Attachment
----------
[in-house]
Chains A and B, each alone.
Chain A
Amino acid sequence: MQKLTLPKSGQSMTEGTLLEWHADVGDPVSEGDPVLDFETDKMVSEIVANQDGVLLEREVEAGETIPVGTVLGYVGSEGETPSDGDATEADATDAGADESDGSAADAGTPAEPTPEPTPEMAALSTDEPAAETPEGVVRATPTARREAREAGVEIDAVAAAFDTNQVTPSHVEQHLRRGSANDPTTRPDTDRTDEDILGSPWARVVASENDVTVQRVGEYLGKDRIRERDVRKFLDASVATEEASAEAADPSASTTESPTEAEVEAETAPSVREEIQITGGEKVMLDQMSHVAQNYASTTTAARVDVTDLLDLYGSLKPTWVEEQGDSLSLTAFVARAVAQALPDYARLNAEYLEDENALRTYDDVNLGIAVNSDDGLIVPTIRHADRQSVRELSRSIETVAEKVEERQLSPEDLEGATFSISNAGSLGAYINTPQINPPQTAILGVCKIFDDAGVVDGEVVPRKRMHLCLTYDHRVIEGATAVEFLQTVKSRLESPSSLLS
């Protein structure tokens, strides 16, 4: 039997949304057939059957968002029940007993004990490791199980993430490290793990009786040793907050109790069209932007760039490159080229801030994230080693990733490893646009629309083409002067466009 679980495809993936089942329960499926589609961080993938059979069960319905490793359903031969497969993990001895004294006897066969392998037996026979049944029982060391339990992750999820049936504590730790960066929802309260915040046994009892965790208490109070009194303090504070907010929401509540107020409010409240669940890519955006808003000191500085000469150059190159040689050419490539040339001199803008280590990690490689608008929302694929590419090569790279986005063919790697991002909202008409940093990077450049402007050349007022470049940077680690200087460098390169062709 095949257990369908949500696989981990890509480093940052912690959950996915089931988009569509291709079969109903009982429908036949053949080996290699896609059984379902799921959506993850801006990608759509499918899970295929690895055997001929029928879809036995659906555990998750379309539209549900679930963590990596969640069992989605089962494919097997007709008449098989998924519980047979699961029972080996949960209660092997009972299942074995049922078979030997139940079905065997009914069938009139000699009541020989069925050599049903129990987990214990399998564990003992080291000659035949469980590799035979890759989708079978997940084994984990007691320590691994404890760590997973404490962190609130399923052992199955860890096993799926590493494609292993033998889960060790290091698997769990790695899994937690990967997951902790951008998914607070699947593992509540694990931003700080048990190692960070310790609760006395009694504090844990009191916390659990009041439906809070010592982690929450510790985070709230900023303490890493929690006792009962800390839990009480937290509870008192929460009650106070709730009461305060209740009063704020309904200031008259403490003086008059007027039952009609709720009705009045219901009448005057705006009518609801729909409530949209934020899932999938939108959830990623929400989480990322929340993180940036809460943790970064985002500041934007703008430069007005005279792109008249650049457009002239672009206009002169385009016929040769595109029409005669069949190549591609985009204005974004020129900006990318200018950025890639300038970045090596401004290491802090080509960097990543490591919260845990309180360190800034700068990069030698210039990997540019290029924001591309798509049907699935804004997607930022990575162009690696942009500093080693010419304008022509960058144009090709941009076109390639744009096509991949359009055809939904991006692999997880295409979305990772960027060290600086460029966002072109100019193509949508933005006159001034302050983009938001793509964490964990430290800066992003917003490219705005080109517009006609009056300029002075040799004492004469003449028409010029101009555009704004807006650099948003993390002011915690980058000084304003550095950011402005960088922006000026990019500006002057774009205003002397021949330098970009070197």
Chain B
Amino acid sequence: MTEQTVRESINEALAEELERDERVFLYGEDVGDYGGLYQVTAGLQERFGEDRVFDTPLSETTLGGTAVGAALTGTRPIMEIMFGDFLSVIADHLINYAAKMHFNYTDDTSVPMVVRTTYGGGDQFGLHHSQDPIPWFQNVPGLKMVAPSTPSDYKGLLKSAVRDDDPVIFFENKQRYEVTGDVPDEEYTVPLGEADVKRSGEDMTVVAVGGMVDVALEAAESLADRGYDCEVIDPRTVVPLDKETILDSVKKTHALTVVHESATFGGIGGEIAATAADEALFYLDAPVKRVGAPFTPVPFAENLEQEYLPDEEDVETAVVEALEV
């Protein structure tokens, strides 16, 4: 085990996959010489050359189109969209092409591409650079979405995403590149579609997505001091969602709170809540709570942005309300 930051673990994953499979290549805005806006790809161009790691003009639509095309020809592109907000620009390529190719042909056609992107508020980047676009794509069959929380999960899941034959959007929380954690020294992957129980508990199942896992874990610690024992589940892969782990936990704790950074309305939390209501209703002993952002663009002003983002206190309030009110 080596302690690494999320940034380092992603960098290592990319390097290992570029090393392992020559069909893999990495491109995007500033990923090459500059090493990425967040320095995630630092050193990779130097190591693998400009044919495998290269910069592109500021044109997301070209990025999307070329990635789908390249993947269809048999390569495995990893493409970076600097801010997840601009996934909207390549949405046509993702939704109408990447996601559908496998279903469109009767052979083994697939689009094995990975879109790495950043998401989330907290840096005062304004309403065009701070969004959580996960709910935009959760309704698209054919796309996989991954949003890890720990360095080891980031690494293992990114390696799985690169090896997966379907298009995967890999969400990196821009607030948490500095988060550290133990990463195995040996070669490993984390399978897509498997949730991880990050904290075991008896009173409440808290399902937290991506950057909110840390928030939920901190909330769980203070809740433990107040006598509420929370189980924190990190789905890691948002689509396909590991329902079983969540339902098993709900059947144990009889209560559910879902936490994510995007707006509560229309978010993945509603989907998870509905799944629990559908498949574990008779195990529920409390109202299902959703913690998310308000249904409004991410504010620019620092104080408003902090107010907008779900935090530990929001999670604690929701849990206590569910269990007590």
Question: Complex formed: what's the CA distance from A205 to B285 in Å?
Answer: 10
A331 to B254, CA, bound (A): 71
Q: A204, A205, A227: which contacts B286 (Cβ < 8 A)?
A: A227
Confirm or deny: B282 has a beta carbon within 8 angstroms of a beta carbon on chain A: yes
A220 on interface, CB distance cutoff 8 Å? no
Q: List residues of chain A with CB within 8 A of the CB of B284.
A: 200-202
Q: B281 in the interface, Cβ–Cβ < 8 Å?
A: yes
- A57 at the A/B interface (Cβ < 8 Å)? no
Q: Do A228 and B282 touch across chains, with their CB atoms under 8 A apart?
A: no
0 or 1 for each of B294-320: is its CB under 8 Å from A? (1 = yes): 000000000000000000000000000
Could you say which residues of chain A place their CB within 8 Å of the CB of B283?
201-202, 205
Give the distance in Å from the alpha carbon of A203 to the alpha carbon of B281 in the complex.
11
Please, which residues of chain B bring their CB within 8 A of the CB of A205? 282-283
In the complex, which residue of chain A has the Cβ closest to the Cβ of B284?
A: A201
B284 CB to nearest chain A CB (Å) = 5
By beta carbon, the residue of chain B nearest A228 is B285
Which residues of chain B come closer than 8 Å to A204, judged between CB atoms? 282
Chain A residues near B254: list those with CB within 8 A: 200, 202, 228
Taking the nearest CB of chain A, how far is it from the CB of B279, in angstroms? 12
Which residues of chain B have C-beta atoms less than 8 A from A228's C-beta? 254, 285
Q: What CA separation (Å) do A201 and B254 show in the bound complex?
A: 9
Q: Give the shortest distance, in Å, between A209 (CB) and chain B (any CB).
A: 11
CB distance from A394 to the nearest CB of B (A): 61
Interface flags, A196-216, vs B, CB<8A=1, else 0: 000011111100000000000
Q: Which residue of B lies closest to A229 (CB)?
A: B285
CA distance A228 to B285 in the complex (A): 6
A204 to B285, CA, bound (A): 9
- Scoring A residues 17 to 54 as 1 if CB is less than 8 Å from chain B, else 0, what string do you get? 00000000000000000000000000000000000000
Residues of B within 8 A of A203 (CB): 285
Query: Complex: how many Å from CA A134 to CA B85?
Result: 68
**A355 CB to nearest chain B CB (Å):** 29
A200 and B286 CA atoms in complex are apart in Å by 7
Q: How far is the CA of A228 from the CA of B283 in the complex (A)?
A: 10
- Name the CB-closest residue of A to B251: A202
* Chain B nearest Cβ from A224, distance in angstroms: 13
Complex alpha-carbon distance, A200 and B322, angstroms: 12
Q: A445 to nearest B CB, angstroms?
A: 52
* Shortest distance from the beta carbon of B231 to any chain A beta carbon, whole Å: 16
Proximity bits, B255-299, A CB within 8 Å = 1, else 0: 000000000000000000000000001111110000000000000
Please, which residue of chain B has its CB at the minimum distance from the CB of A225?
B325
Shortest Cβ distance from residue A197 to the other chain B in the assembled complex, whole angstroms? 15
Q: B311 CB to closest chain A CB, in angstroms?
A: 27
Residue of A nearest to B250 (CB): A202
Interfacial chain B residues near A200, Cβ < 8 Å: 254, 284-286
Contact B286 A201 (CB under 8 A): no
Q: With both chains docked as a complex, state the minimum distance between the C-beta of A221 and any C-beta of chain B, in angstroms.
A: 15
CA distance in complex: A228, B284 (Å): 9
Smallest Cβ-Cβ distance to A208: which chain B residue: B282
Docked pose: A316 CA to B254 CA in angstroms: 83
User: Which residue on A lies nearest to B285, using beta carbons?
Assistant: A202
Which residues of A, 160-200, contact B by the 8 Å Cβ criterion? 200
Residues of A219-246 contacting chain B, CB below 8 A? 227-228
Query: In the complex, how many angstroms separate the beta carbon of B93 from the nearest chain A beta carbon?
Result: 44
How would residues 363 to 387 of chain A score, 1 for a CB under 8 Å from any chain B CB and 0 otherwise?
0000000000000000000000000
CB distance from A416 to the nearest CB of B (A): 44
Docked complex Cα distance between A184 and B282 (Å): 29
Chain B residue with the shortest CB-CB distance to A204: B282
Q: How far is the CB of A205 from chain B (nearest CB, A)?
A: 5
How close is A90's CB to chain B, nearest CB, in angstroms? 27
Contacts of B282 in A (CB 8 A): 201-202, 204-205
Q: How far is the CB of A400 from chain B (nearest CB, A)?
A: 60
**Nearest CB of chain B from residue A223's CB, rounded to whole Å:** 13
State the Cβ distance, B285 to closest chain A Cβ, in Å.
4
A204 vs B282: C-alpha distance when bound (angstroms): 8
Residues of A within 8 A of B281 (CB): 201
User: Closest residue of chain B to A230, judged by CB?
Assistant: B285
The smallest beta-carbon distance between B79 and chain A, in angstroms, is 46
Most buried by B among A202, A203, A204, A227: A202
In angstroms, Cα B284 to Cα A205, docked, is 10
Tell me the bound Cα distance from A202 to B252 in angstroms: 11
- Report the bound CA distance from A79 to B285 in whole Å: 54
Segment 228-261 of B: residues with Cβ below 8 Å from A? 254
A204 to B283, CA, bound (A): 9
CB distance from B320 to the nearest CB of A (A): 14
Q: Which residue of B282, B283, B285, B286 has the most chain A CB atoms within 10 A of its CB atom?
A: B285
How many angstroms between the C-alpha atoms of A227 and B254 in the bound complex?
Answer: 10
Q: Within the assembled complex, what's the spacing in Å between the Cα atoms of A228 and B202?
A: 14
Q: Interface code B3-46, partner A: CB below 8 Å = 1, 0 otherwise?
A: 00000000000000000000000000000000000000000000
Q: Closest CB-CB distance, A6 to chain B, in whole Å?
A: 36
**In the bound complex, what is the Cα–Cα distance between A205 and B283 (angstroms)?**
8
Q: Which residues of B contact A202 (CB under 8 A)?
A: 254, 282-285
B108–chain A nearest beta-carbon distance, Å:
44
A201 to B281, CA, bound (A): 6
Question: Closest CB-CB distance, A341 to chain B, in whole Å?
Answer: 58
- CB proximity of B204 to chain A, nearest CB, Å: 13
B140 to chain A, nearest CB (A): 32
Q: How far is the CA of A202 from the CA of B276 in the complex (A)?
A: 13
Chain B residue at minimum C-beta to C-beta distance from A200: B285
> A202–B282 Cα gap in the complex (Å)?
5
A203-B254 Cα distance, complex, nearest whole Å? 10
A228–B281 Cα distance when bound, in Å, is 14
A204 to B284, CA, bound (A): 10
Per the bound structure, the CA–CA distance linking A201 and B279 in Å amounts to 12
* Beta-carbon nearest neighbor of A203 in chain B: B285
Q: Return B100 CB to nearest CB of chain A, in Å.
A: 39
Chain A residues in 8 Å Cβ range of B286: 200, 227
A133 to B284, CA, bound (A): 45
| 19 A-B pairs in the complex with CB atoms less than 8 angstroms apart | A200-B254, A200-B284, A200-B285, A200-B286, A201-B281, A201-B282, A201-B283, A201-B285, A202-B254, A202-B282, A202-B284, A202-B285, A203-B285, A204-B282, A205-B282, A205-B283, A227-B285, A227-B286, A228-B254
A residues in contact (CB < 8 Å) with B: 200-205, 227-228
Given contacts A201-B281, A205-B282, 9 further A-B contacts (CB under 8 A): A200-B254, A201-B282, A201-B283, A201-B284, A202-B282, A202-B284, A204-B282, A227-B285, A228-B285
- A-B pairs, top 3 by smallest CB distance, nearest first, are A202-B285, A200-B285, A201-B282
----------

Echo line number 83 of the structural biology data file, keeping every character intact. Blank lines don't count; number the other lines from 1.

CB distance from A416 to the nearest CB of B (A): 44